||Fisher, Thomas. "Trouble by the trains". Progressive Architecture. 1985 Apr; Vol. 66 pp. 28-29; ISSN: 0033-0752.
Notes: Published by Reinhold Publishing, Cleveland, Ohio.
Location: CtB, CtH, CHT, CtNlC, CtSU, CtWtp, CtU, CtY. White (p. 3).
Abstract: "Every construction project has its troubles. But few projects have troubles like those encountered in building the new railroad station in Stamford, Conn. Eighty percent complete, the $40 million station has so many structural flaws that large sections of it must be reinforced or torn apart and rebuilt. ...... The question remains: how could so many problems have eluded discovery for so long? Code officials and others responsible for design review have argued that they cannot rethink every decision or recheck every calculation in a project. The same might be said by those people responsible for construction supervision; they cannot observe everything that goes on at a building site. Yet how much longer can we accept those arguments as the claims filed against architects and engineers increase at record rates? What's disturbing about the situation at Stamford's station is not just that it occurred, but that, without better design review and construction supervision, it won't be the last project with such troubles." Thomas Fisher, pp. 28-29. (Copyright 1985 by Reinhold Publishing Corporation [assigned to and copyright by Penton Publishing Corporation, Division of Pittway Corporation, Stamford, Connecticut]. Reproduced with the permission of the publisher.)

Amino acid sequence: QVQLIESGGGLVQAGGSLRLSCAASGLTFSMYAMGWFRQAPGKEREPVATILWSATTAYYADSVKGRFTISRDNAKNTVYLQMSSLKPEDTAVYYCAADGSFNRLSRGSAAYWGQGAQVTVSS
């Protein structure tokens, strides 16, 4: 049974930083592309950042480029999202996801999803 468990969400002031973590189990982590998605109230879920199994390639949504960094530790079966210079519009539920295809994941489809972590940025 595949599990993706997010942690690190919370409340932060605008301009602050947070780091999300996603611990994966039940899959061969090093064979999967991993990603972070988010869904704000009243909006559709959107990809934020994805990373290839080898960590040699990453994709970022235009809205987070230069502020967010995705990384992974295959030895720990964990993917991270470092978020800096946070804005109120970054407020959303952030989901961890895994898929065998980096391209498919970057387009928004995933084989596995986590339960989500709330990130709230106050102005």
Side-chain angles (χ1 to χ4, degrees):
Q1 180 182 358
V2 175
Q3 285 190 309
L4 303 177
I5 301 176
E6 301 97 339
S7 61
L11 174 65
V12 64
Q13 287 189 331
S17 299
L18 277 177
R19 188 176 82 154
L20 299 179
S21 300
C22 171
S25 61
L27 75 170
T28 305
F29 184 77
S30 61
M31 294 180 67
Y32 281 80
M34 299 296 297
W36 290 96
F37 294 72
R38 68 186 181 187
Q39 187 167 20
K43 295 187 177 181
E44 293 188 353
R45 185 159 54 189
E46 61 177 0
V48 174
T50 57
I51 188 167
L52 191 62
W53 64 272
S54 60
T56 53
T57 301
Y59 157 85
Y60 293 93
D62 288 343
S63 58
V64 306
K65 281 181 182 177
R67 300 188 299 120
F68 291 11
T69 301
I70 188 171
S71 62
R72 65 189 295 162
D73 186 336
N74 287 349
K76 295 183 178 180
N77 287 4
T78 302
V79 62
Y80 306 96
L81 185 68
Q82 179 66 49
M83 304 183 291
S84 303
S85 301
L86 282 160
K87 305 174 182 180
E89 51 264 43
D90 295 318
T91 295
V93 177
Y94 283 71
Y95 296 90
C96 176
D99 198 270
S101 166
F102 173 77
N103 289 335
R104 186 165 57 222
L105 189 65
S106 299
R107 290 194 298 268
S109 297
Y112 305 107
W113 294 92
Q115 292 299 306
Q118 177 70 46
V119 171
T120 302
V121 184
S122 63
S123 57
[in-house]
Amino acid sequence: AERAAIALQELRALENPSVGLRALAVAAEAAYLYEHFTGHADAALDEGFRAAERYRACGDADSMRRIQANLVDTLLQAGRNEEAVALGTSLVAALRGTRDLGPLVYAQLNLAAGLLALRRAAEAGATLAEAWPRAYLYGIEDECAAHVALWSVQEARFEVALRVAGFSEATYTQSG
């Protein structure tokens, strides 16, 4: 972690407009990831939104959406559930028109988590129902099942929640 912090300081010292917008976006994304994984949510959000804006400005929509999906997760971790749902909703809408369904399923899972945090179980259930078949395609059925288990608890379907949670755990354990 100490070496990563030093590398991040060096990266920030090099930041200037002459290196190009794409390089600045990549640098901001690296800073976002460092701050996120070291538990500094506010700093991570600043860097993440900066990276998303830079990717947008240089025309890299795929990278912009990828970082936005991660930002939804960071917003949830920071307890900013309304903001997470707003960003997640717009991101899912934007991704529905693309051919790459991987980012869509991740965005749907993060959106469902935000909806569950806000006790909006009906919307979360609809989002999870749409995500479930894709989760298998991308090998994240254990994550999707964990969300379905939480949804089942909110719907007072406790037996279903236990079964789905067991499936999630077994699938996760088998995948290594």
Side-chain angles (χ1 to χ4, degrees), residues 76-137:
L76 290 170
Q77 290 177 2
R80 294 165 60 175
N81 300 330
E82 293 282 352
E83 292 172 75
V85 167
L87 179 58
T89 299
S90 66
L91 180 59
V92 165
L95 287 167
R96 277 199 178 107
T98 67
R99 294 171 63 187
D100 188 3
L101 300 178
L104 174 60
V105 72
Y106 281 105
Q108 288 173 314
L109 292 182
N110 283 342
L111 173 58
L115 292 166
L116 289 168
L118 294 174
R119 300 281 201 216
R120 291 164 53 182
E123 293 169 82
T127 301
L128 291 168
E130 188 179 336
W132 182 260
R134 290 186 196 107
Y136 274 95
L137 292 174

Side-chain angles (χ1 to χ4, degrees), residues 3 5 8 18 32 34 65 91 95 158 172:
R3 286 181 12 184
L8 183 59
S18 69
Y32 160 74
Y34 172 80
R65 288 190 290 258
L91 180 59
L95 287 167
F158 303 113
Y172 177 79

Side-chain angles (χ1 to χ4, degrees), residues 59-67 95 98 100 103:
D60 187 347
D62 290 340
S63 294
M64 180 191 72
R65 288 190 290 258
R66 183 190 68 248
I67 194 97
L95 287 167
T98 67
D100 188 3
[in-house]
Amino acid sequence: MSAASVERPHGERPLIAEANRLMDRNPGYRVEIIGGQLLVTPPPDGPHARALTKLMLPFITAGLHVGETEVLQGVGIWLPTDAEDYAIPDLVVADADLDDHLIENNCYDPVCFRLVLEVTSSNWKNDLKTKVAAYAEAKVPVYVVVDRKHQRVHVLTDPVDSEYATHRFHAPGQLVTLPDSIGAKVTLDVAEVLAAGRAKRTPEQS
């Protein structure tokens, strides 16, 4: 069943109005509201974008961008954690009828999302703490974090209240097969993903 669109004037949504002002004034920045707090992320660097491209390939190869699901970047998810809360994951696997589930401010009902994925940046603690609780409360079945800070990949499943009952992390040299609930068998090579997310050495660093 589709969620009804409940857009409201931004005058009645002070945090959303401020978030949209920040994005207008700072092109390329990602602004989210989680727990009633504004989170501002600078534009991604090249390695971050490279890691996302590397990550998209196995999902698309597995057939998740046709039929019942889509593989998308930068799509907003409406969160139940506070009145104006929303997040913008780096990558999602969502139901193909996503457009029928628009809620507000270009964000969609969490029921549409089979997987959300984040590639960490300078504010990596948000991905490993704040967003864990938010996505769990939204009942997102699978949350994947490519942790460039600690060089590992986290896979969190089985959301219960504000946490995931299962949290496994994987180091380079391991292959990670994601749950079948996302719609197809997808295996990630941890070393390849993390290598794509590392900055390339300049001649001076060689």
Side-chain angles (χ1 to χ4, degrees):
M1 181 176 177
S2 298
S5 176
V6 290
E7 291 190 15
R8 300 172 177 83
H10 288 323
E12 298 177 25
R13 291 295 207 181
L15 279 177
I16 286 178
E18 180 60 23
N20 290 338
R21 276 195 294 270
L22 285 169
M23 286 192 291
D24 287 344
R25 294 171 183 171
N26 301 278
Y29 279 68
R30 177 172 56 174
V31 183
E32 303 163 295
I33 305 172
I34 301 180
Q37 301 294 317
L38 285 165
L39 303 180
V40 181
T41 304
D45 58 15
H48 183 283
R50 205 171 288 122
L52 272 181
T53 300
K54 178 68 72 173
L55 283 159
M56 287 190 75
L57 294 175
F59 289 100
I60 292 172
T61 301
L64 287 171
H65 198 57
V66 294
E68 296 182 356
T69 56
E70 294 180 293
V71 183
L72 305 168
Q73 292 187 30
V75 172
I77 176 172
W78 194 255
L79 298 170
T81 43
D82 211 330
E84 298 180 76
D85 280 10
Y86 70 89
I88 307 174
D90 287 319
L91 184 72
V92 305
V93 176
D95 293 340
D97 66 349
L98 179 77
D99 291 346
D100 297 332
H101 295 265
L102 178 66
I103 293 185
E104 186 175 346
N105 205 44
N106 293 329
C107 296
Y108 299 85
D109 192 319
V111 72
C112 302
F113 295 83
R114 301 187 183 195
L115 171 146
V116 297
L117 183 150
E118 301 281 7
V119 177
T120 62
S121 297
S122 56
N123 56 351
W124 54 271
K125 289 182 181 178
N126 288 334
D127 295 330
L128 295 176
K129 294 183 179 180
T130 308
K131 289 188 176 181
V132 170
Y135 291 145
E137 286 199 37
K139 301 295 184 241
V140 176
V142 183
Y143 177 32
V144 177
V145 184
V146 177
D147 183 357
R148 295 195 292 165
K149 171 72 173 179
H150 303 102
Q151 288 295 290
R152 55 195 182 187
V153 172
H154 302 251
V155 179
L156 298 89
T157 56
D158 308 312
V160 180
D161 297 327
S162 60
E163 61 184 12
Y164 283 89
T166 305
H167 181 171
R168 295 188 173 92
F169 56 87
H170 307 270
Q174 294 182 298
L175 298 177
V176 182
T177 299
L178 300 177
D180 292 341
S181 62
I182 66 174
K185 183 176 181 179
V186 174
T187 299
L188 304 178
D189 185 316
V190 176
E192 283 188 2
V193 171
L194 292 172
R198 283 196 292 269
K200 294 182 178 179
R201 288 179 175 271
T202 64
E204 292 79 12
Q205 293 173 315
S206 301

||Forbes & Company, Ltd. "Accepted Competitive Design, Y. M. C. A. Building, Stamford, Conn.". Architecture. 1907 Aug 15; Vol. 16 (No. 2). p.136.
Notes: Published by Forbes & Company, Ltd., New York, New York. "Merged with American Architect, to form American Architect and Architecture." (Library of Congress).